COUNCIL tax payers in England and Wales are facing an average 4.2% hike in their bills this year, a survey revealed today.
The average levy on a Band D property will go up by £53 to £1,302 in 2007-08, the Chartered Institute of Public Finance and Accountancy (CIPFA) found in a study based on preliminary figures.
Although this increase is higher than the current inflation rate - 2.7%, according to the consumer prices index - it represents the second lowest annual rise since 1994-5.
In Kirklees, residents will find out tonight how much they will have to pay.
The council's four main groups have all tabled tax rise proposals, set to be debated at a seven-hour budget meeting.
The final figure is expected to be around 4%.
Calderdale Council meet tomorrow night.
CIPFA said the rise would have been higher had it not been for additional Government grants and the threat of budget "capping" for councils that set increases of more than 5%.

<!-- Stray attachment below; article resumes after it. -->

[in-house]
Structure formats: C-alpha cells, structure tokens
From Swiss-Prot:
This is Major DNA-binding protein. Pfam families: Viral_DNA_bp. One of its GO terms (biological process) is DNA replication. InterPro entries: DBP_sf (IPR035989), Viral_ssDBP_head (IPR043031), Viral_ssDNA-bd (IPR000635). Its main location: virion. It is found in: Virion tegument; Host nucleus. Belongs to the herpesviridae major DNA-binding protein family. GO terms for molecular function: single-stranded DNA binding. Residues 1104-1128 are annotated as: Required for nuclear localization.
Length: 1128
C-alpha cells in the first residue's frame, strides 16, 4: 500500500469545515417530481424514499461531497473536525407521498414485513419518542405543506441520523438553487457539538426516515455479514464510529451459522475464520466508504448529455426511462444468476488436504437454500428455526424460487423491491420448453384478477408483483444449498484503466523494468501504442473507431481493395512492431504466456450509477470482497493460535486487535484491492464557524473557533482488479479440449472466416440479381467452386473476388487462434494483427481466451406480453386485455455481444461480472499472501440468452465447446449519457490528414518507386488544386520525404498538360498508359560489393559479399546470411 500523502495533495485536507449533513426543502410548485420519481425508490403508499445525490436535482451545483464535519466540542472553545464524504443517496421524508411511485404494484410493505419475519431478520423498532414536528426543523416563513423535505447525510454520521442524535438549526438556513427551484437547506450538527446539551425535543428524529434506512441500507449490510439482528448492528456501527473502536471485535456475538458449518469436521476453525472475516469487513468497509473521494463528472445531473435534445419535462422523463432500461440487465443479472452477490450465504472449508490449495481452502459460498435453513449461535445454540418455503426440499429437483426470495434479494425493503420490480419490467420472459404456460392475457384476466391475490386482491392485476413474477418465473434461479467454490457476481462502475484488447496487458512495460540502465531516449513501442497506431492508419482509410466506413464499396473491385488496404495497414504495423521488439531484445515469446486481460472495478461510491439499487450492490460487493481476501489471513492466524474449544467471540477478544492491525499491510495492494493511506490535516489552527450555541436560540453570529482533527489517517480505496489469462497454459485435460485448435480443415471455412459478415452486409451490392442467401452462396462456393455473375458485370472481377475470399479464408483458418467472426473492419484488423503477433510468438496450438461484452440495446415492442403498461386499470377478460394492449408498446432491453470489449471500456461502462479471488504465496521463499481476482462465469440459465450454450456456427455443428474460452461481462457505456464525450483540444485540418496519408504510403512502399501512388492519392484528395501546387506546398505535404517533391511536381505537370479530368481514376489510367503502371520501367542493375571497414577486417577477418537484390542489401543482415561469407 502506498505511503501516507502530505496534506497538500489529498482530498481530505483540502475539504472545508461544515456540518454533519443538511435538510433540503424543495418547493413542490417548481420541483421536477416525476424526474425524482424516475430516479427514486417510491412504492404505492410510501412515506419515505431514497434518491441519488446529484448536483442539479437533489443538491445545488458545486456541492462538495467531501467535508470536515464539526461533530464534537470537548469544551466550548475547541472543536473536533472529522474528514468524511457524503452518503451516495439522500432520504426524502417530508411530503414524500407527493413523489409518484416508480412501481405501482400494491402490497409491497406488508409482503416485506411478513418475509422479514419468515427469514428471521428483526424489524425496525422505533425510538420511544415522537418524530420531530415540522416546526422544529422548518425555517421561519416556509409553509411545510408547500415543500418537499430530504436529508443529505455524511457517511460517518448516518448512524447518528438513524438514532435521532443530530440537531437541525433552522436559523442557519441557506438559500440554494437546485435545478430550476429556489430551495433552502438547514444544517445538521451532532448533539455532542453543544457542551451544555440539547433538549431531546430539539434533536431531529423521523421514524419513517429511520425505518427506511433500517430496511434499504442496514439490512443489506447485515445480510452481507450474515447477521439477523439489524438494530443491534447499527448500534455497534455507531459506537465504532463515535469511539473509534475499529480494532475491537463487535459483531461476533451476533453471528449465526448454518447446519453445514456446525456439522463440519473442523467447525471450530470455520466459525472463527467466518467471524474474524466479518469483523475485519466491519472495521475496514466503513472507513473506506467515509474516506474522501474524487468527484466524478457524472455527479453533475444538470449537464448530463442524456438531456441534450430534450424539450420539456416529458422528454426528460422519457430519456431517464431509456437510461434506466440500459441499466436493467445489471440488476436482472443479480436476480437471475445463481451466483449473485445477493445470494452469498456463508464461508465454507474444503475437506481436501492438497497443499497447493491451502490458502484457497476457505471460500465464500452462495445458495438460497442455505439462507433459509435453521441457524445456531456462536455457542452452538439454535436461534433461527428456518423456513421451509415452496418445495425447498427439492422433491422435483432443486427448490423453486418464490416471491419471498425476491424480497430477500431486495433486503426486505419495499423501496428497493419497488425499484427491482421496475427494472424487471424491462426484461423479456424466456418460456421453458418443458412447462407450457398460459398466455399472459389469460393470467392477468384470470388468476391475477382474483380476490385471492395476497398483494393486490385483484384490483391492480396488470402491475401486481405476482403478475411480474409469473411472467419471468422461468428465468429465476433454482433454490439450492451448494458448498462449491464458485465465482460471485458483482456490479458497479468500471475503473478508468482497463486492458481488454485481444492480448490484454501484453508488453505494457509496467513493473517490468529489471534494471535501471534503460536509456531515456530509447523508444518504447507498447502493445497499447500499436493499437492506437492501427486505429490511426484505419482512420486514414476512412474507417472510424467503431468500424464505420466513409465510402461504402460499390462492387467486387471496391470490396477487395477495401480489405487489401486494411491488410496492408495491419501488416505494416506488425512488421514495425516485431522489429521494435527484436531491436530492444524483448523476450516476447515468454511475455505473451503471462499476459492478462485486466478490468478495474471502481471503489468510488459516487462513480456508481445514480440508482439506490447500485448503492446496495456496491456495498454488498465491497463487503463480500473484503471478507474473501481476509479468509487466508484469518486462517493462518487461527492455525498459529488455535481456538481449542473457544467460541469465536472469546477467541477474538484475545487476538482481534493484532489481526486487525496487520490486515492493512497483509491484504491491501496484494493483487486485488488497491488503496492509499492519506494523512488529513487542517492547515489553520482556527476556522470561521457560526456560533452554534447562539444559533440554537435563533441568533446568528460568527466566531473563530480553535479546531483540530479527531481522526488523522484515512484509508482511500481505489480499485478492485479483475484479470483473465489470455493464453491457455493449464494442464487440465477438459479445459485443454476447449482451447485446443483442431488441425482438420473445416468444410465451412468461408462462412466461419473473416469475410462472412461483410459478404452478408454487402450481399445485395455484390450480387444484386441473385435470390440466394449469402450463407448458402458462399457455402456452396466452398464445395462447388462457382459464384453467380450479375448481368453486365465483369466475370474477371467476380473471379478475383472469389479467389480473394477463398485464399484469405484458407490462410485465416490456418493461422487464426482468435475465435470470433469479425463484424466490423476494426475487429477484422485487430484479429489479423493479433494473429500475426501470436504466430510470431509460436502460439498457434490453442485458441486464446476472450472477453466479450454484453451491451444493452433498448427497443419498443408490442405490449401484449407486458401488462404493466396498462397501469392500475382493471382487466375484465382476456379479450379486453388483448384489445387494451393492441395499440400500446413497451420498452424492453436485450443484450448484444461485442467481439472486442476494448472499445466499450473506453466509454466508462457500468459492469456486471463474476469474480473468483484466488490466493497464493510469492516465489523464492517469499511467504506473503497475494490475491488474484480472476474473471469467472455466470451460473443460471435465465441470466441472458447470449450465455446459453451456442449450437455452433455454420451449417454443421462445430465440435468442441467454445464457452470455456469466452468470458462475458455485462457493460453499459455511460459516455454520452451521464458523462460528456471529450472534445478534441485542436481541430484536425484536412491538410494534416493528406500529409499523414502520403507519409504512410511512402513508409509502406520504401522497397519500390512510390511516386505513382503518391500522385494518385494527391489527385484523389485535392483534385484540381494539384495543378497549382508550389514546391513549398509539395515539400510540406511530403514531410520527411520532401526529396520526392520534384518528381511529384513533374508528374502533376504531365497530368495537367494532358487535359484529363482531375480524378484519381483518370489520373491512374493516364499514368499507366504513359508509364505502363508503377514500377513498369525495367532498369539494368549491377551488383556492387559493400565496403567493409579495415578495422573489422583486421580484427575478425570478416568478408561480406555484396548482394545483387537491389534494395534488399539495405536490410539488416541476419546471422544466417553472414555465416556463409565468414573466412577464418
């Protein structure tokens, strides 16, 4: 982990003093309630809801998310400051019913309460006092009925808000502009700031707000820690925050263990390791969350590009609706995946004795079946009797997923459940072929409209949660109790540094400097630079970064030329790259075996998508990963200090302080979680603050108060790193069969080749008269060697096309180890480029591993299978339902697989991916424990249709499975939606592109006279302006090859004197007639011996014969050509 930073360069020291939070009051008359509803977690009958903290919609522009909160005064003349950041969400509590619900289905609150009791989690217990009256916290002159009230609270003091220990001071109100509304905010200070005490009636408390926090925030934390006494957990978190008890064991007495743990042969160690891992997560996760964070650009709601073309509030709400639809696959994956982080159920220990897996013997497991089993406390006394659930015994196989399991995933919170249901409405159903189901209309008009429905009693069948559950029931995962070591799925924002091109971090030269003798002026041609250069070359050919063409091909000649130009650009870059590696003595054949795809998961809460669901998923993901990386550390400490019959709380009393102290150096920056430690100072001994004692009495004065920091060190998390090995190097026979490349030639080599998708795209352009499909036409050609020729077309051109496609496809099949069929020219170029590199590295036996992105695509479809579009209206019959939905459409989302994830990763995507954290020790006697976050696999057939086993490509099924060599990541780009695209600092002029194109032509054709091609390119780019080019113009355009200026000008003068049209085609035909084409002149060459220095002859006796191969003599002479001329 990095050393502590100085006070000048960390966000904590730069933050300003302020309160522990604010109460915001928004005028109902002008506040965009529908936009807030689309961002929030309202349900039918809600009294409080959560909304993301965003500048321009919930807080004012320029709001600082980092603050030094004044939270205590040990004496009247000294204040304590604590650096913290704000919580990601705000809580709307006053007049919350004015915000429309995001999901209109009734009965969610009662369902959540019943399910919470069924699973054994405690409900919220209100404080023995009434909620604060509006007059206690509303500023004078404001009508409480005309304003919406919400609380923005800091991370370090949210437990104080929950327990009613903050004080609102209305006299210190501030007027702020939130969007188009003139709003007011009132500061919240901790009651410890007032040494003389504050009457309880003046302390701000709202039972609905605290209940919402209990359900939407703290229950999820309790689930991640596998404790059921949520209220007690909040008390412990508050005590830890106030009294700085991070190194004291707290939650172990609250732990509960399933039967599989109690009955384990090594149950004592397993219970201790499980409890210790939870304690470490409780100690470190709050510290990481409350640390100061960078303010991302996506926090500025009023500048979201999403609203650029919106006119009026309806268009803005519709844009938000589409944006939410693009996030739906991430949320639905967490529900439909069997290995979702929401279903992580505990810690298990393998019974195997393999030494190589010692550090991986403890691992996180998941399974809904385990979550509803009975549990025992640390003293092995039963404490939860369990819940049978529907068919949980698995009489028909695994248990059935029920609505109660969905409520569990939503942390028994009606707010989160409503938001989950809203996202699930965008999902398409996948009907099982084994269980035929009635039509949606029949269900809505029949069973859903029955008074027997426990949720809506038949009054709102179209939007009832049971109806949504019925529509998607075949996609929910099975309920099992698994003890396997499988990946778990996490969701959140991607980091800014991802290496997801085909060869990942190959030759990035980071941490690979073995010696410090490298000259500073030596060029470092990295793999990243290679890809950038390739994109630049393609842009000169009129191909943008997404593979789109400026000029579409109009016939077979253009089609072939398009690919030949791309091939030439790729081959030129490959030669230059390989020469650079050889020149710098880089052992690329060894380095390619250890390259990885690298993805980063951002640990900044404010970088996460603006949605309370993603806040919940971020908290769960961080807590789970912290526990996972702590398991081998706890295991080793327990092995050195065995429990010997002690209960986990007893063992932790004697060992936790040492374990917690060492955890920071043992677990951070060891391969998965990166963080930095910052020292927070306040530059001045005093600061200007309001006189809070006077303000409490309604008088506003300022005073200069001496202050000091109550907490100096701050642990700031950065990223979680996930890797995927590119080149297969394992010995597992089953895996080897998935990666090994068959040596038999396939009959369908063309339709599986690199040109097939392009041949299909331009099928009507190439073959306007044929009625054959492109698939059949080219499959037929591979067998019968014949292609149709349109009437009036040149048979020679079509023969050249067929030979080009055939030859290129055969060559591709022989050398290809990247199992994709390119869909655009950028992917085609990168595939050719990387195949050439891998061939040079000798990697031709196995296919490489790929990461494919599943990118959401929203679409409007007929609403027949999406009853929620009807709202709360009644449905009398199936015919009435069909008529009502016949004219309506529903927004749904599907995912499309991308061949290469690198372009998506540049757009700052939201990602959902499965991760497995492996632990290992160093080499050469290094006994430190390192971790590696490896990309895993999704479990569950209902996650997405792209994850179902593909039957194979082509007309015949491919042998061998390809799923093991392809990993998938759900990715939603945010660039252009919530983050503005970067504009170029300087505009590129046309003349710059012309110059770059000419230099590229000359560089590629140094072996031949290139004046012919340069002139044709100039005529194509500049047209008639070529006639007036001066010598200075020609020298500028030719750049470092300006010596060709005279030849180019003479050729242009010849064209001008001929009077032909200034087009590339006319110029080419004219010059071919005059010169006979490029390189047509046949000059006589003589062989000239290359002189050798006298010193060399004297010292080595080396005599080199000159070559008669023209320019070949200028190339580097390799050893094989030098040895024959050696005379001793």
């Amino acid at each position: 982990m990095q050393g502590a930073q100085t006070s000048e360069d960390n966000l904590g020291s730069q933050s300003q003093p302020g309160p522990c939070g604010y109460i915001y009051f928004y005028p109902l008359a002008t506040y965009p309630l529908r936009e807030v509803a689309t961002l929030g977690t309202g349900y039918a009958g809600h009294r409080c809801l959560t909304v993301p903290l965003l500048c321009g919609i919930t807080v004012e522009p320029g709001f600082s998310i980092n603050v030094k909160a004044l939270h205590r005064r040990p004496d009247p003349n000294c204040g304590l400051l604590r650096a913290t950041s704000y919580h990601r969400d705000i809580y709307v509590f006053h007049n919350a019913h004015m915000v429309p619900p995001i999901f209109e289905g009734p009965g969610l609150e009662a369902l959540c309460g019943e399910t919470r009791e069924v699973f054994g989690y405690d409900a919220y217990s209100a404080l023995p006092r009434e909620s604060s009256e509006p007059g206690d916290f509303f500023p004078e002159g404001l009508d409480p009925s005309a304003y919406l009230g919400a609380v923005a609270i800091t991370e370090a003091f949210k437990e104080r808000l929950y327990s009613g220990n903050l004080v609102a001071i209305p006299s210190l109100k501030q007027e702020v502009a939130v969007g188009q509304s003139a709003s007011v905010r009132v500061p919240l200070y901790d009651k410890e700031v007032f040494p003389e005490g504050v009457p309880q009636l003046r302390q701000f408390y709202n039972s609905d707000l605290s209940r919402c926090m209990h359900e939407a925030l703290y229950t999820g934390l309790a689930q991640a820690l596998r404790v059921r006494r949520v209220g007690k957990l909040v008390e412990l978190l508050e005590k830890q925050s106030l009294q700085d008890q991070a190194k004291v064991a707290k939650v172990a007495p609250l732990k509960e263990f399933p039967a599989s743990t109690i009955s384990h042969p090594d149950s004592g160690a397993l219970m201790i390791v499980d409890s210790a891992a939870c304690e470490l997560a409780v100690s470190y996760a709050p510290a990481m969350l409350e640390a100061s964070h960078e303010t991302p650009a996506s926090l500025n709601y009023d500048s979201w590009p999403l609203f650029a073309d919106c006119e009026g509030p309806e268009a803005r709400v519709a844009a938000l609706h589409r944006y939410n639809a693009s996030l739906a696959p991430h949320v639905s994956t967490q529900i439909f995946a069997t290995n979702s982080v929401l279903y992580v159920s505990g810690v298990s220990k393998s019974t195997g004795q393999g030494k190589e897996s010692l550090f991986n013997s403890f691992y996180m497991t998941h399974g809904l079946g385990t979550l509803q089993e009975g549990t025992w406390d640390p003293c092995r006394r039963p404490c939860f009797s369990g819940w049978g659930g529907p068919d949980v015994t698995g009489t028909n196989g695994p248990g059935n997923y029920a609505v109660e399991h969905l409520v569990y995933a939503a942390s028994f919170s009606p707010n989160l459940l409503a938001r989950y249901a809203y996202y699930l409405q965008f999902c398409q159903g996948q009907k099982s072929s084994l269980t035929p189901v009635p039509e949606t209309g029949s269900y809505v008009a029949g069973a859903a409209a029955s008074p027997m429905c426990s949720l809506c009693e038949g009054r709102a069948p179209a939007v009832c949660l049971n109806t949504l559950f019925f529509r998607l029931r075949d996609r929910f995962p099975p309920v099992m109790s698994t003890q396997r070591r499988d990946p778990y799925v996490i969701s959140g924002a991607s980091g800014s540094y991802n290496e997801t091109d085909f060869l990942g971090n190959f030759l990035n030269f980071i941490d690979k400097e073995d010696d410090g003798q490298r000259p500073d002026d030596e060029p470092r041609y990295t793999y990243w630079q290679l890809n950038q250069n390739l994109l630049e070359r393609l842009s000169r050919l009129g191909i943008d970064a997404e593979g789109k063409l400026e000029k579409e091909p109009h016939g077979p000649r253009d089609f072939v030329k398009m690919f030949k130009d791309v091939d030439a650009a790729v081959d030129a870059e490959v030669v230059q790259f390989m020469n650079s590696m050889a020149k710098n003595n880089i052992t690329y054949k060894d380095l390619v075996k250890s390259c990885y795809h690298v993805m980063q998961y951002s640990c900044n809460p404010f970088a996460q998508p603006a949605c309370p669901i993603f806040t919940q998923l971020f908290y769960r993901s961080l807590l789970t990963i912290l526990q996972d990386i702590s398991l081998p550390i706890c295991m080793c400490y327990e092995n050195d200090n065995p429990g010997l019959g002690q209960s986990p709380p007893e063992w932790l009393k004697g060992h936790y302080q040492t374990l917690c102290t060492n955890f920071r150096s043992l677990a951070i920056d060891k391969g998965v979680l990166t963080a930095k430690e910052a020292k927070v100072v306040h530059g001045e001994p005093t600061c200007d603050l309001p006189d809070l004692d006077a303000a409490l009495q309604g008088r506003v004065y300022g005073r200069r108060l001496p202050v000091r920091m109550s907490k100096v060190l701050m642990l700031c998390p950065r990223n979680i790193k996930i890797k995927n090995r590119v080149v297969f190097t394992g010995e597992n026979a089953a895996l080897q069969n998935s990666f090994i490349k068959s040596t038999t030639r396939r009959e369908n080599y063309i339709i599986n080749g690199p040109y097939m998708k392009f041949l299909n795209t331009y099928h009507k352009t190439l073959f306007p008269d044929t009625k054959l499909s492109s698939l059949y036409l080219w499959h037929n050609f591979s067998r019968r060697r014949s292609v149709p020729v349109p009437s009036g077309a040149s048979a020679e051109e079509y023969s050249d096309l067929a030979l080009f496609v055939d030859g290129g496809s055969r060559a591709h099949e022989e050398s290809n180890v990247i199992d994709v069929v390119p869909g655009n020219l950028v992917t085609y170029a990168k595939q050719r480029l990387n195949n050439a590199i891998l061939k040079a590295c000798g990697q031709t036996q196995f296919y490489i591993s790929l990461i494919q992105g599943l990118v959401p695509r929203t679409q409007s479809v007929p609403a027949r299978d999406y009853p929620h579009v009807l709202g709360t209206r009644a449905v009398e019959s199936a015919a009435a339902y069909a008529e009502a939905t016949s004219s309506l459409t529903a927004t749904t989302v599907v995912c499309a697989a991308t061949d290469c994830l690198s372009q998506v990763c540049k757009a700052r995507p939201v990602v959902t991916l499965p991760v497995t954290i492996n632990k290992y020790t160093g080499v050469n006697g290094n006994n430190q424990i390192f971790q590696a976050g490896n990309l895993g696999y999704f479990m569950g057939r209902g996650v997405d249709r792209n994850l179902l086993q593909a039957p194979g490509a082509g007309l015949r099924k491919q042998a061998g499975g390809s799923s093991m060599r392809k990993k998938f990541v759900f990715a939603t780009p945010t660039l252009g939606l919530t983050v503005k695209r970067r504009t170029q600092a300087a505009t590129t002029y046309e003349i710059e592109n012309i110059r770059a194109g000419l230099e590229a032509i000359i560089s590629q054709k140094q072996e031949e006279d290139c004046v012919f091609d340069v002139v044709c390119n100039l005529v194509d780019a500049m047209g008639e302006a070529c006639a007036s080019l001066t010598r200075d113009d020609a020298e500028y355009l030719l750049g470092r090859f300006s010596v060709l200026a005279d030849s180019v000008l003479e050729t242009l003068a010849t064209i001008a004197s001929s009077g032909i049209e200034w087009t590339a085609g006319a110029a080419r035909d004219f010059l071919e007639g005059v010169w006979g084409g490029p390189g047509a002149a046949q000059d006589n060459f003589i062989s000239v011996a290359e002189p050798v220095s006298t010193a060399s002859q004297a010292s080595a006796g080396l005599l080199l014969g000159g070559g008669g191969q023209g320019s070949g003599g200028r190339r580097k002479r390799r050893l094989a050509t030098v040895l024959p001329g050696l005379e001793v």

The survey found the average increase was lowest in London and other metropolitan areas (3.7%) and highest in Wales (4.7%).
Steve Freer, CIPFA's chief executive, said: "This will be regarded as a very positive result in Whitehall and in town halls up and down the country.
"The second lowest annual increase in council taxes for 13 years is a significant achievement."
But Anna Pearson, senior policy officer for Help the Aged, said the survey showed "in the starkest terms" that the council tax burden on older people was continuing to grow.
She said research carried out by Help the Aged showed that 5% of over-65s said they had cut back on food to meet present payments, while 8% had cut back on heating.